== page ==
Hon JIM ANDERTON: She does not scare easily. She said to me that all of the buildings across the road had just collapsed, and I felt that this was a bit different. The walls of our own building seem to be in great trouble. I have not been able to get through to my electorate office since, because the phones are out—both cell phones and office phones, of course—and I have also been unable to contact my wife, who is in the centre of the city this afternoon. It will be the same for many of us outside of Christchurch and a worrying time for all and I feel for everyone in this position.
We were very fortunate with the original quake, to be honest. At 4.30 in the morning, it could not have happened at a better time, really; at 1 o’clock in the afternoon, it could not have happened at a worse time. So it will be a bigger miracle if we escape as lightly as we did the first time in terms of personal injuries or fatalities. There is clearly a more significant possibility of that this time and we have to face that.
The Christchurch community, and Cantabrians in general—and I say this as a former Aucklander—are pretty resilient. They are courageous and they show a lot of fortitude. But I have to say to the rest of New Zealand that if there ever was a time to feel with us and for us, and to offer a hand of assistance, this will almost certainly be it, because all of those qualities will be tested to the maximum that they have ever been tested. I thank the House for expressions of support and I hope that we can get through this as well as we would possibly expect.
Hon PETER DUNNE (Leader—United Future)
: As some members will know, I am part of the Cantabrian diaspora. Although that is fun at times of rivalry between provinces and competition, it is an occasion like this that brings home to us what our roots mean to us when we know—and I take the point that Mr Anderton made—of family who are somewhere in the central city at the moment whom we cannot contact, and when we see the scenes of devastation.
Christchurch Cathedral was an icon, and to see the spire crumble is something that I never thought imaginable. I have seen the photographs of what happened in the 1886 earthquake, when it did crumble, and I take some comfort from the fact that the rebuilding of Christchurch Cathedral and the restoration of it to its original grandeur became a symbol then for the recovery of the province from the devastation of the earthquake, and I believe that, in its own way, it will serve that purpose now.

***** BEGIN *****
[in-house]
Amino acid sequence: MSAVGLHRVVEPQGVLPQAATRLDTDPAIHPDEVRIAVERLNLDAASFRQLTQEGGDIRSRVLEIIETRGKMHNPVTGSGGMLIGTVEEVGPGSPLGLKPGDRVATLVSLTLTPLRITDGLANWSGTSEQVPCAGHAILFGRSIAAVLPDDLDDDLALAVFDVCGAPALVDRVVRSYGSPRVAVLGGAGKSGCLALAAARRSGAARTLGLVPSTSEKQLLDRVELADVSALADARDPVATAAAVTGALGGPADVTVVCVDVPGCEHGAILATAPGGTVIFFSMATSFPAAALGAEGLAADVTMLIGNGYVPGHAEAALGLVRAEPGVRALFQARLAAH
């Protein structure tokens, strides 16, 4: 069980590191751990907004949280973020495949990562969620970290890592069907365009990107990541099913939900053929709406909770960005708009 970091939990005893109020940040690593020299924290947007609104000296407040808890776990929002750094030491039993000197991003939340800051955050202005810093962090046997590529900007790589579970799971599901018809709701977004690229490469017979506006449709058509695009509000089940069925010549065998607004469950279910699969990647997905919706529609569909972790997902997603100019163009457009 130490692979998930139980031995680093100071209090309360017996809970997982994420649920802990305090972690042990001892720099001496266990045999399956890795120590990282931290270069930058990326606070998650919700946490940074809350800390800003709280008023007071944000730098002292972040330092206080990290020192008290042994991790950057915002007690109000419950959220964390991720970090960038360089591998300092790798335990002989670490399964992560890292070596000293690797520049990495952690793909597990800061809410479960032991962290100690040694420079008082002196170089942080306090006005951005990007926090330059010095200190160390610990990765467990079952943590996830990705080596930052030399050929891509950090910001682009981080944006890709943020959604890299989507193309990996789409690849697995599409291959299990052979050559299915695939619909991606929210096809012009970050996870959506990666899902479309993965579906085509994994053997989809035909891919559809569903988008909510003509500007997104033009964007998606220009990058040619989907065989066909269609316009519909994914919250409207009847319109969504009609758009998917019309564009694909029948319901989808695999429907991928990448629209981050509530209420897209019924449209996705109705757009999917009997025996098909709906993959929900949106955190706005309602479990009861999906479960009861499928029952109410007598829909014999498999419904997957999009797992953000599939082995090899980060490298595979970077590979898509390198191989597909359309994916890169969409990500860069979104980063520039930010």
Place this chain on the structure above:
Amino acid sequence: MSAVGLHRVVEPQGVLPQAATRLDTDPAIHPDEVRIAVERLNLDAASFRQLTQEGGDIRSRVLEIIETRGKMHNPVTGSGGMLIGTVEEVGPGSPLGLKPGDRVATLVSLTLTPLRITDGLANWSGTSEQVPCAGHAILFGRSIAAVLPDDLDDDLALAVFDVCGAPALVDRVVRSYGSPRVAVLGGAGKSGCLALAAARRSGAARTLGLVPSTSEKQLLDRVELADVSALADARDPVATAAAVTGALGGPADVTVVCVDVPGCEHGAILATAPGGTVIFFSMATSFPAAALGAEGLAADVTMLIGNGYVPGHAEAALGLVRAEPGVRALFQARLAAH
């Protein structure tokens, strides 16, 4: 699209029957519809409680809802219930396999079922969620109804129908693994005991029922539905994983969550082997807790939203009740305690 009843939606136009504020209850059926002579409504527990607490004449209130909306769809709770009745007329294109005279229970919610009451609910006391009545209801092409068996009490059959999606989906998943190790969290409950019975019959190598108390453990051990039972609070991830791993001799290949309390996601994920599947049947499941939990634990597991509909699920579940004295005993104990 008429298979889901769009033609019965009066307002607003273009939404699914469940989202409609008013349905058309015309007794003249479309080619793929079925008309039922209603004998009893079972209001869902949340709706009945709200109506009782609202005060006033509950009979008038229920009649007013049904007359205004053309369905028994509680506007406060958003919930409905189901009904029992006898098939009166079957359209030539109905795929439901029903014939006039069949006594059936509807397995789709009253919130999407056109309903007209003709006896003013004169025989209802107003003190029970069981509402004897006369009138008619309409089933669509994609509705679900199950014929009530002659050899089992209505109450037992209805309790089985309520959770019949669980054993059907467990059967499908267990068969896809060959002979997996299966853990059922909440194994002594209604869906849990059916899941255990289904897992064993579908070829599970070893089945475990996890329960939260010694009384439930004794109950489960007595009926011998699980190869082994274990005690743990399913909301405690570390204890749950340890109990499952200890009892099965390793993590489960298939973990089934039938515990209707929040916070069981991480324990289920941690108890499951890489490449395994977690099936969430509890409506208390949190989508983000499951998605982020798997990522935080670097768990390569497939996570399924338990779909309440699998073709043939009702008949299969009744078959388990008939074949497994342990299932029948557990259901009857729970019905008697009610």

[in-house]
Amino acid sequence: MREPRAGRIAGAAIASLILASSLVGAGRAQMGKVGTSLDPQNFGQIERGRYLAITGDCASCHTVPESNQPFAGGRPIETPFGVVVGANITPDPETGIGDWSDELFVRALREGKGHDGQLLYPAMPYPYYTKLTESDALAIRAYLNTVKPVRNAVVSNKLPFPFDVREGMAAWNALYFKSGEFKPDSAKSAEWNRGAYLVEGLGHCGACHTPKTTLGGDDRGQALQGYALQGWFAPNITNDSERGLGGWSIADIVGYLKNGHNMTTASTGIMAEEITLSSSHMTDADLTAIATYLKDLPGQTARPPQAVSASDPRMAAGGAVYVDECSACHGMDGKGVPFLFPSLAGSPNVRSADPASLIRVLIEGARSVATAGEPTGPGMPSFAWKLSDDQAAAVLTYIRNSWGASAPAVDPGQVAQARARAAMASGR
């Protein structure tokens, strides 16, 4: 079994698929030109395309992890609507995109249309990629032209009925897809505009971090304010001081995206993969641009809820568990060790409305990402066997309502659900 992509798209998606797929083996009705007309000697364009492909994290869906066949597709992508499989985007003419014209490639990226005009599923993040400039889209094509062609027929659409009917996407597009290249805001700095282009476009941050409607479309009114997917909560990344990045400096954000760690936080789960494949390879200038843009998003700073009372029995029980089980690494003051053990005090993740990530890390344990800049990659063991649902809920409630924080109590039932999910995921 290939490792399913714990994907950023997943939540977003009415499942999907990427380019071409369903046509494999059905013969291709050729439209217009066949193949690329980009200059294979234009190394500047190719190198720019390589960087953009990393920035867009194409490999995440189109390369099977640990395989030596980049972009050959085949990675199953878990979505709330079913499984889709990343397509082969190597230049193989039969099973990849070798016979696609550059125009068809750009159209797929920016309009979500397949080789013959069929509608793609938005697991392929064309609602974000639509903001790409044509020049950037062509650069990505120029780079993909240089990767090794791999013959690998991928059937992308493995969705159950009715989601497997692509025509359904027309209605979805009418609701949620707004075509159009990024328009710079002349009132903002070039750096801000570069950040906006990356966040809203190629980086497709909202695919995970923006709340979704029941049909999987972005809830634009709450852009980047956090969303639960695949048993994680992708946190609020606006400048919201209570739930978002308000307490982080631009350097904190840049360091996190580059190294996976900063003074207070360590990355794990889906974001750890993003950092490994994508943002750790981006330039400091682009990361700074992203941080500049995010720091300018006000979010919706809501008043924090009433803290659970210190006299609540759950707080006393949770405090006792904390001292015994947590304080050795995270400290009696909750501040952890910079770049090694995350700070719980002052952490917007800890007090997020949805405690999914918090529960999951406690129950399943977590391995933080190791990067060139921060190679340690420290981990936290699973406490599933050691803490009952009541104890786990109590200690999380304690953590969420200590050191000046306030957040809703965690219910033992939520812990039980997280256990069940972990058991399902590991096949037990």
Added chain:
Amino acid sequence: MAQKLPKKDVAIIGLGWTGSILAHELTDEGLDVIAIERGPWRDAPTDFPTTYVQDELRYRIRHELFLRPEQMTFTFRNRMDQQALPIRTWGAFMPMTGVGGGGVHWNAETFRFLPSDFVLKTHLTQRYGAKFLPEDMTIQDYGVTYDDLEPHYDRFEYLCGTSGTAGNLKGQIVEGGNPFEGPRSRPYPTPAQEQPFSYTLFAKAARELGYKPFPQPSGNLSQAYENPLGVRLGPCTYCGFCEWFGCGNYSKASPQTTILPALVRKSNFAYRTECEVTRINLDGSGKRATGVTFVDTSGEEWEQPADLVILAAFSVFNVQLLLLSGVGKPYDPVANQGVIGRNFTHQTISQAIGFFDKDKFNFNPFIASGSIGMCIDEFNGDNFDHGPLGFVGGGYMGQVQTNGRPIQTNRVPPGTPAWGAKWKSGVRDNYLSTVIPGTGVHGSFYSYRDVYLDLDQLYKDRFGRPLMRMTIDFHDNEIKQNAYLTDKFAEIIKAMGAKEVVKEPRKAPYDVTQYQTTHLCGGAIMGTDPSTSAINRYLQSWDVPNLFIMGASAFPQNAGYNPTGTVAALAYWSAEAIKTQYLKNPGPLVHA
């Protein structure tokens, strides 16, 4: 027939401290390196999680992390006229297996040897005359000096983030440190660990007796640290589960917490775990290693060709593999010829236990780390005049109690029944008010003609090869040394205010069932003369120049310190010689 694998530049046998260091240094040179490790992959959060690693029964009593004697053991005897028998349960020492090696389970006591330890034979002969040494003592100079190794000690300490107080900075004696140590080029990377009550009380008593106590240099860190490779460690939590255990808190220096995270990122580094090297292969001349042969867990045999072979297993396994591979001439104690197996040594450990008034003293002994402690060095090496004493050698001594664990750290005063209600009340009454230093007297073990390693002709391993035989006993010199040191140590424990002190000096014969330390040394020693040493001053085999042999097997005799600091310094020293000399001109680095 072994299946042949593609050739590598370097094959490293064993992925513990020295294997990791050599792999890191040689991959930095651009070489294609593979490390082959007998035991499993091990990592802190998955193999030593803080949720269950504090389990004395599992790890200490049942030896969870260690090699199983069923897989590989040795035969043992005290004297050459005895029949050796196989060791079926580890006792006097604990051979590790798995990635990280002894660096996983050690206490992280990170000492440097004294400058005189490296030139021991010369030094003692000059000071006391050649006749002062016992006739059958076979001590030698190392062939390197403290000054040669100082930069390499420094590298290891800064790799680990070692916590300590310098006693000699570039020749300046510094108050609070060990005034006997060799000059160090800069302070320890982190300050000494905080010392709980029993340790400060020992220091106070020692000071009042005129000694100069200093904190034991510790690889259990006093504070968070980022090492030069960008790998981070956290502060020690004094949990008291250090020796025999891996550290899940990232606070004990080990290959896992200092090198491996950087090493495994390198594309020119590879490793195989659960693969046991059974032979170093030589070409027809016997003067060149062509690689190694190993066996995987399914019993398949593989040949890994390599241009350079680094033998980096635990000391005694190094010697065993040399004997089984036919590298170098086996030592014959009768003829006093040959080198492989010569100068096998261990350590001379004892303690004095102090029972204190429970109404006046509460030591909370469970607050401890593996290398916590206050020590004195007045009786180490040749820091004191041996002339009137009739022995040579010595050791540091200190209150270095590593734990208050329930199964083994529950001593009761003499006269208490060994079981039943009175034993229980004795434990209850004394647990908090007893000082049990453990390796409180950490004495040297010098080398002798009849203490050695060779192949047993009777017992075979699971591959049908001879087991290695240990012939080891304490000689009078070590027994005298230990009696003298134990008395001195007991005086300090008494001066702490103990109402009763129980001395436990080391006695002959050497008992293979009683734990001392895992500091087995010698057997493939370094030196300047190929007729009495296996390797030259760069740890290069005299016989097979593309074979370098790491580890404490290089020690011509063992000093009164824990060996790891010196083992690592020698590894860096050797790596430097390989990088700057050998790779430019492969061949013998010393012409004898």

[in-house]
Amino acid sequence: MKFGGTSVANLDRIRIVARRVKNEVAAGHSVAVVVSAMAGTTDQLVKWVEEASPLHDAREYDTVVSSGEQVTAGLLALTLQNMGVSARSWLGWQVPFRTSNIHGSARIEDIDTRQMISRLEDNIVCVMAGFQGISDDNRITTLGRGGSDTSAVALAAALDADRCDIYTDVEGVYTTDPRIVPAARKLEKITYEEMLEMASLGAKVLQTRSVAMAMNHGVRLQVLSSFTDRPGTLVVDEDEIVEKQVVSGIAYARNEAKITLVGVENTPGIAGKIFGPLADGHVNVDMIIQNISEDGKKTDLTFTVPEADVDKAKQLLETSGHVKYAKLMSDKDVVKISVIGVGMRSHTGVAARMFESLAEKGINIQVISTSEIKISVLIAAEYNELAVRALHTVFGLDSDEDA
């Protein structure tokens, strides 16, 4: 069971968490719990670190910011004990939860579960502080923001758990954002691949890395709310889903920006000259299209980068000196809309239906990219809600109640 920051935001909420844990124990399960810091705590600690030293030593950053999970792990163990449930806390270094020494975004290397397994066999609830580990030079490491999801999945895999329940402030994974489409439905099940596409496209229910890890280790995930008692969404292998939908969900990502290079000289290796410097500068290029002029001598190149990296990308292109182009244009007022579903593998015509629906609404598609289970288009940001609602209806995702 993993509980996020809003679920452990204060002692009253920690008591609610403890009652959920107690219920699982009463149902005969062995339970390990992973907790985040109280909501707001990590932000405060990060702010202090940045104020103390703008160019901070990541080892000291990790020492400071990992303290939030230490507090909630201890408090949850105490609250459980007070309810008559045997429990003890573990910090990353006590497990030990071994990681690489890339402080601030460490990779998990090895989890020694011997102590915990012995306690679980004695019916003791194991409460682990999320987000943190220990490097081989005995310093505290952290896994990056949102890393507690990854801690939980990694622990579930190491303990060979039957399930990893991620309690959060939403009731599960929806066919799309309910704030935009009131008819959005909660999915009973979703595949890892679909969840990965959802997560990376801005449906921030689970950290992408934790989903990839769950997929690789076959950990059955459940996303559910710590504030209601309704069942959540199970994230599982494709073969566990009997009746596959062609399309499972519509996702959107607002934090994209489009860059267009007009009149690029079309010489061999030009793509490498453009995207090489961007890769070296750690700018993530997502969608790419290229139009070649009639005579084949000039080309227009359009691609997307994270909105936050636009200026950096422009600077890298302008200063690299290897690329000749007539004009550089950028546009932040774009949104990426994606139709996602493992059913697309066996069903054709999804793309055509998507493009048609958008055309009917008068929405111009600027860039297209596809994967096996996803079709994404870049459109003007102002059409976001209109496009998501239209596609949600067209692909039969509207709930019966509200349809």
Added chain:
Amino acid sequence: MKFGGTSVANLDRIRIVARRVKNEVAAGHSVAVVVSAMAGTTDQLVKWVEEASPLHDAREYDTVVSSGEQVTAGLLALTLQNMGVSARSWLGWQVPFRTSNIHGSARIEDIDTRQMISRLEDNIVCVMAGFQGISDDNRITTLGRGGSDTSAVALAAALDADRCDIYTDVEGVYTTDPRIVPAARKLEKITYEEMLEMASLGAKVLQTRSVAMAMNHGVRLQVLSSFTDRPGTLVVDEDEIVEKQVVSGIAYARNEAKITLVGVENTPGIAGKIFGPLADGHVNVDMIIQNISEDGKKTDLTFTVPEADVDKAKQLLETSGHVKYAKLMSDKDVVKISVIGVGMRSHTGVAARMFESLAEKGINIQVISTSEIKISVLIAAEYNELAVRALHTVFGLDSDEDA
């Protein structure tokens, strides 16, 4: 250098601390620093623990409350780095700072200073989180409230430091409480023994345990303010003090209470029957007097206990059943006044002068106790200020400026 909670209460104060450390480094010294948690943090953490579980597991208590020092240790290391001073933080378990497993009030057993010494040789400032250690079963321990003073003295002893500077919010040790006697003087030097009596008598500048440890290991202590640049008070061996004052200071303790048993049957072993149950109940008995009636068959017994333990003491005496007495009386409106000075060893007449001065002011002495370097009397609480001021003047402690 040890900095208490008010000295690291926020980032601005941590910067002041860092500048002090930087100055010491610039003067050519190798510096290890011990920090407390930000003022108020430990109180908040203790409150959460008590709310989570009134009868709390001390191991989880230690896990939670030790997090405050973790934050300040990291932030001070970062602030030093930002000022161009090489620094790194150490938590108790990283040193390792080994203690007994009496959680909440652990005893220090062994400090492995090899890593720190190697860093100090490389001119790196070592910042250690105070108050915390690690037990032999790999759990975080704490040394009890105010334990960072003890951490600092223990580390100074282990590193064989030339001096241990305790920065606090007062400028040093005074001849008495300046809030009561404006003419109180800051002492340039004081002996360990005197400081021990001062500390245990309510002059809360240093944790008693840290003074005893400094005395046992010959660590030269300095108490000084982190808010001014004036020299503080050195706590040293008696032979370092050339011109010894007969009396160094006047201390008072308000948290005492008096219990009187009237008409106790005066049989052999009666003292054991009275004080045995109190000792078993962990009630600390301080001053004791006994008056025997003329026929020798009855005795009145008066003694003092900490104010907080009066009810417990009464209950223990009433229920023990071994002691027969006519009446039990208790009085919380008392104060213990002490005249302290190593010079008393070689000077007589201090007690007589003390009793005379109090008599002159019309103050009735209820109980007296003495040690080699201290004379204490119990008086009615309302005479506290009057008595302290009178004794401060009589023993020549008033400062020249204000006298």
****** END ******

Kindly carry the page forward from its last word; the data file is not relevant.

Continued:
When the big quake struck in September everyone said: “Weren’t we lucky it was at that hour of the morning, when we were all asleep. Imagine if it had it been 2 hours later or, perish the thought, in the middle of a working day. Imagine what would have happened.” That reality now strikes home. Over the next little while I think New Zealand is going to be in for a very tragic and torrid time as the consequences in human terms, in physical terms, and in terms of the natural environment become obvious for Christchurch.
In the longer term, this is about how our country pulls together to help the people of Christchurch and Canterbury recover. This is a time when all the political differences and all the other differences we have somehow seem utterly irrelevant and pointless. We are focused on a tragedy; we are focused on recovery. I know that everyone would wish the authorities from central government, local government, and civil defence well as they commence that task.
Can I simply say in conclusion that I understand that the Inland Revenue Department building in Christchurch has suffered some significant damage, and I simply want to say to the staff of that department that we will work with them to help the restoration. I know they had a tough time during the first quake, and I hope they are not too shattered or devastated by these events. But their story will be like the story of so many, and it is a story we are going to hear repeatedly over the days ahead. Our challenge is to work
with people to come to grips with that and enable them to pick up the threads of daily life as quickly as possible.
Rt Hon JOHN KEY (Prime Minister)
: I start by thanking the other leaders of the parties in the House for their support, and I give them my assurance that we will keep them up to date with all the information we have as soon as it comes to hand. I am fearful that there have been fatalities in Christchurch. I am not in a position to confirm those absolutely and it would be irresponsible for me to do so, but I am pretty fearful that we have lost people in Canterbury.
I want Cantabrians and New Zealanders to know that we will be doing everything we possibly can to help them in their moment of need. A significant urban search and rescue effort will be required. It would be my expectation that the army and others will now be engaged very rapidly in Canterbury, and, as I said earlier, Cabinet will meet in a moment to look at all the options. But it is important that the people of Canterbury know that we will be there to give them every support that we possibly can.
I am sure everyone will appreciate that it is an extremely fluid situation at the moment. We do not have the best information available to us, but it is very clear that the earthquake, because of its shallow nature and the time that it took place, has wreaked significant havoc on Canterbury and is likely to have cost lives.